Now, dear children, we will give you yet another exposition of these words, and ask: First, what is the measure whereby we shall be measured? Secondly, who is He that measures? The measure whereby we shall be measured is the faculty of love in the soul -- the human Will. This is, properly speaking, the measure whereby all human words and works and life are measured, for this is neither added to nor taken from. By so large a measure as thou hast meted withal shall be meted unto thee again with thine own measure in eternity. And the meter is thine own enlightened reason and conscience. Now let us observe first concerning the good measure, that it is, when a man freely and heartily turns to God in his will, and lives circumspectly according to the commands of God and the Holy Church; and moreover lives orderly in the communion of the holy sacraments, in the true Christian faith, being truly sorry for his past sins, and having a thorough and steadfast purpose to abstain from them henceforward, and to live in penitence and the fear of God, loving God and his neighbour. Alas! there be few now-a-days who thus do, or even desire to live in the fear of God. Children, one who thus lives is said to and does lead a just Christian life, and is a true Christian man; and this is a good measure which, without doubt, hath a part in eternal life. These are rules which all really Christian men must needs observe. There are some whom God has invited and called to this "good measure," and of whom He demands no more than this. And it may very possibly be appointed and come to pass that such men may walk so unspotted and godly in this way, that after death they may enter into eternal life without any purgatory. Yet nevertheless this is the lowest path by which to approach to our merciful God.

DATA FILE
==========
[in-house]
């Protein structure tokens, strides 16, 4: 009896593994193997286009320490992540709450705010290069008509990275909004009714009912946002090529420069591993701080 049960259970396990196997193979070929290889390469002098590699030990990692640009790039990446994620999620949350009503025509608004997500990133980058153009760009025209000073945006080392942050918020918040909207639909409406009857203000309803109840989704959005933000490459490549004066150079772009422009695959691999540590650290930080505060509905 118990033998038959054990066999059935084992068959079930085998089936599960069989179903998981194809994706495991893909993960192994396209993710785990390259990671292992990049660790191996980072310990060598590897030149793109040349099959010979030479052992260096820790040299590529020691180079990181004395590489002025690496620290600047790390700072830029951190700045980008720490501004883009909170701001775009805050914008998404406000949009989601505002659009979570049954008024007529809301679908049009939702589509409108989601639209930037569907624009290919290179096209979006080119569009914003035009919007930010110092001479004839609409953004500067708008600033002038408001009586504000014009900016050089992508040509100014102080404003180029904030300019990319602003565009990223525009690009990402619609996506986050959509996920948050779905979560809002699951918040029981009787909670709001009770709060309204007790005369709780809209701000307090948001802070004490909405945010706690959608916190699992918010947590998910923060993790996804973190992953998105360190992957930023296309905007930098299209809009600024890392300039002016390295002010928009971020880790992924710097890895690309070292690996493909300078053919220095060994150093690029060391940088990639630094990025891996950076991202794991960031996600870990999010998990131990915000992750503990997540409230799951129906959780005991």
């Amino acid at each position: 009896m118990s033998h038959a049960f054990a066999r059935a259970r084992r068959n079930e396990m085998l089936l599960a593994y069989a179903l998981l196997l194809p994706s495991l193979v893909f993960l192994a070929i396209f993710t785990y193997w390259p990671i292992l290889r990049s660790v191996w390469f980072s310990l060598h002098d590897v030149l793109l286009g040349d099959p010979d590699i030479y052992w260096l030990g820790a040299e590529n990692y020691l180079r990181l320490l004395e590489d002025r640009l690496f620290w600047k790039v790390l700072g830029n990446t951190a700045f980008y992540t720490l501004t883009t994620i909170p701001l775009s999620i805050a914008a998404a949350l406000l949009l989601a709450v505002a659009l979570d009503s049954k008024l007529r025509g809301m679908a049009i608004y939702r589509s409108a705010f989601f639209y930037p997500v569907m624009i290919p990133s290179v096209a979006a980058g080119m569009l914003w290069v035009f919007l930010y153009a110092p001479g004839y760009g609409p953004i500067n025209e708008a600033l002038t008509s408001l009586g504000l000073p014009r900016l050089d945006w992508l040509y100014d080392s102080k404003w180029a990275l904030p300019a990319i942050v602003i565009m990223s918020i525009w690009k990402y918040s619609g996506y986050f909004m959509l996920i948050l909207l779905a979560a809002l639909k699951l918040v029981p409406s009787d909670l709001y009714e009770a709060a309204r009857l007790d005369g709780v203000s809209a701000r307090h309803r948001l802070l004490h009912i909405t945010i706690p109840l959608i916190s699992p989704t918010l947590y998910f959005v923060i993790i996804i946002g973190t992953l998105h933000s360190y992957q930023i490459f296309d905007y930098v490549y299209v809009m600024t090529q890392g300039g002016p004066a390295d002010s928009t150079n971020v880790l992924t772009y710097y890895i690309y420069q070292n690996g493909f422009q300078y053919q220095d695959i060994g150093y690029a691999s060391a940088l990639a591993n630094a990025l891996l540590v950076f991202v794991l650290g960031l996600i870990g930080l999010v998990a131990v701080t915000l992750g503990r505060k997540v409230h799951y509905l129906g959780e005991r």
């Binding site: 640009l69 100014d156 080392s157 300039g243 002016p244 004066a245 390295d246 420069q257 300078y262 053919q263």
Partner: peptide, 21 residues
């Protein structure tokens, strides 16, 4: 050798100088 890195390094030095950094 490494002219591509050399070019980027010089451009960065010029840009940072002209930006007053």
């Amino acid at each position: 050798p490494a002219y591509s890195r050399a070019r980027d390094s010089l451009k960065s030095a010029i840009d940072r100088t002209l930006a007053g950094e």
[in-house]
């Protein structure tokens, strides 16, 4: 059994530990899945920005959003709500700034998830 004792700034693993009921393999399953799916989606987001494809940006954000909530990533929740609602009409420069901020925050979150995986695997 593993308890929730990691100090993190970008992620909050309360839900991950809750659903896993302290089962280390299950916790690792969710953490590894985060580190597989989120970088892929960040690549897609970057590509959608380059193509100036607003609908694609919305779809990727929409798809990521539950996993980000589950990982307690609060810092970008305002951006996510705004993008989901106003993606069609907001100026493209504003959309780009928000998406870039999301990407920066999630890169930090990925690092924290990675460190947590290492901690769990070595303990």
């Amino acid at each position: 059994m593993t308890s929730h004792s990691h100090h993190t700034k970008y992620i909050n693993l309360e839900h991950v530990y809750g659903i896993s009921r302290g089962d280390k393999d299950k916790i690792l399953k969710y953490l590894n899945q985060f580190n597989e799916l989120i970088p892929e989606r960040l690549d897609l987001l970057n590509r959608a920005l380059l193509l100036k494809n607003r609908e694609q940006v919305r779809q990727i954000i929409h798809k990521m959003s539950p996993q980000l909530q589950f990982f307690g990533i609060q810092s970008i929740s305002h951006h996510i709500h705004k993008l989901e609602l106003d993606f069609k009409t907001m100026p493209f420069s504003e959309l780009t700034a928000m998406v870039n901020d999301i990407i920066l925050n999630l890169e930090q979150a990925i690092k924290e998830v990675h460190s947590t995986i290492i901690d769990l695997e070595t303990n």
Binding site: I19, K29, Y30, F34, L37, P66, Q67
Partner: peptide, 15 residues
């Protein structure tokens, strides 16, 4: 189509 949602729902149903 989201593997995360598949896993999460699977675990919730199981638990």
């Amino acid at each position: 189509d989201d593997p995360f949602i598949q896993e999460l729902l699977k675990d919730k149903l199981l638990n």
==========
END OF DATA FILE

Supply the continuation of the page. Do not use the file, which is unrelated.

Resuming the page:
After these, there is a second sort of men whom God has called to tread a much higher path, that they may reach a much higher goal, notwithstanding that some of these should have to pass through purgatory, inasmuch as they have not lived perfectly and faultlessly according to the vocation to which God had called them. These have to suffer such long and sharp anguish in the fire of purification as no human heart can fathom or express. But when they have reached the term of their purification, they rise a thousand degrees higher than the former class of men. With them it stands thus: that having set out in a spiritual, blessed, and holy life, they were overtaken by death ere they had reached their goal. Now when these men are in the beginning of their spiritual life, they practise many excellent outward exercises of piety -- such as prayer, weeping, fasting, and the like; but they receive from God a heaped-up measure, in that they have also inward exercises, setting themselves with all diligence to seek God in the inmost ground of their souls, for therein is seated the kingdom of God. Their life is very far different from that of the first class I have described.